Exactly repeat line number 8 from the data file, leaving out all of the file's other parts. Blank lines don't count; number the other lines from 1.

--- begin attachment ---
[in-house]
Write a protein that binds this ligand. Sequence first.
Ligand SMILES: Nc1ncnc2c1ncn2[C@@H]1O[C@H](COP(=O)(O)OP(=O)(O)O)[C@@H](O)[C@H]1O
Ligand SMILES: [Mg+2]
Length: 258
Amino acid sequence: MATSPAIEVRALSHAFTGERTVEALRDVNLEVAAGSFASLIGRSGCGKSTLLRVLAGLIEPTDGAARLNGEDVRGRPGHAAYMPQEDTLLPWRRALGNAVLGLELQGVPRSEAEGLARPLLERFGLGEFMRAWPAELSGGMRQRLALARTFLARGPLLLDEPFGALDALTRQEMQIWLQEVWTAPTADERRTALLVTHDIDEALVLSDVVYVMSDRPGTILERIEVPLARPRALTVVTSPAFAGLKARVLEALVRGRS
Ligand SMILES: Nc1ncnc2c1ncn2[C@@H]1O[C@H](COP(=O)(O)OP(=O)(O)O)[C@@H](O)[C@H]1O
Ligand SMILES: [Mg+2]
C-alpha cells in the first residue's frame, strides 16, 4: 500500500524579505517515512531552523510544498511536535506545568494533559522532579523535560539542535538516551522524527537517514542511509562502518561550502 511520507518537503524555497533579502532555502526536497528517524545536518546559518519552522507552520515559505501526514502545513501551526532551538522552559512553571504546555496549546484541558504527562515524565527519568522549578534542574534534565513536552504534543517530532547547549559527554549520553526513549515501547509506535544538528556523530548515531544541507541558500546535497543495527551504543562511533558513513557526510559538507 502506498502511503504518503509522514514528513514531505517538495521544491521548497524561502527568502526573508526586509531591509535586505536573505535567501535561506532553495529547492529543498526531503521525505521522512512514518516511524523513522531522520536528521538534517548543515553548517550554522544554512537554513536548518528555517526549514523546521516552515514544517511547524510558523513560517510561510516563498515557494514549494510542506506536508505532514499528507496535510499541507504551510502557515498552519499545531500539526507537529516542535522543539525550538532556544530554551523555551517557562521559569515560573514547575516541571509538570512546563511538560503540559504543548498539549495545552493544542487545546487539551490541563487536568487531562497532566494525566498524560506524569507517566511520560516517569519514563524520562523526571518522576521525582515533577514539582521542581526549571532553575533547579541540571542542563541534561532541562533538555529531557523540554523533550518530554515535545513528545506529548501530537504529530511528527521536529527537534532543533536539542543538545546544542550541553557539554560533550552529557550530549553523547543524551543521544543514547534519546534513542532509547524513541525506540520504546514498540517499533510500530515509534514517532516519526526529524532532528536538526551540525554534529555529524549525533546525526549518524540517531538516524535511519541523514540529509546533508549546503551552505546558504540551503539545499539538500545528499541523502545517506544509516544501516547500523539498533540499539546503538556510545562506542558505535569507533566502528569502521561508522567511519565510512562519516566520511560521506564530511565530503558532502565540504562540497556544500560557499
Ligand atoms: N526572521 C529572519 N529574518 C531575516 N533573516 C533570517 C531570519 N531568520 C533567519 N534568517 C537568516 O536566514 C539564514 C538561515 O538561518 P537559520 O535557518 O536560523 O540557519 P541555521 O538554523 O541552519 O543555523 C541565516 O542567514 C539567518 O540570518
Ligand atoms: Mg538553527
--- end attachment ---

Ligand SMILES: [Mg+2]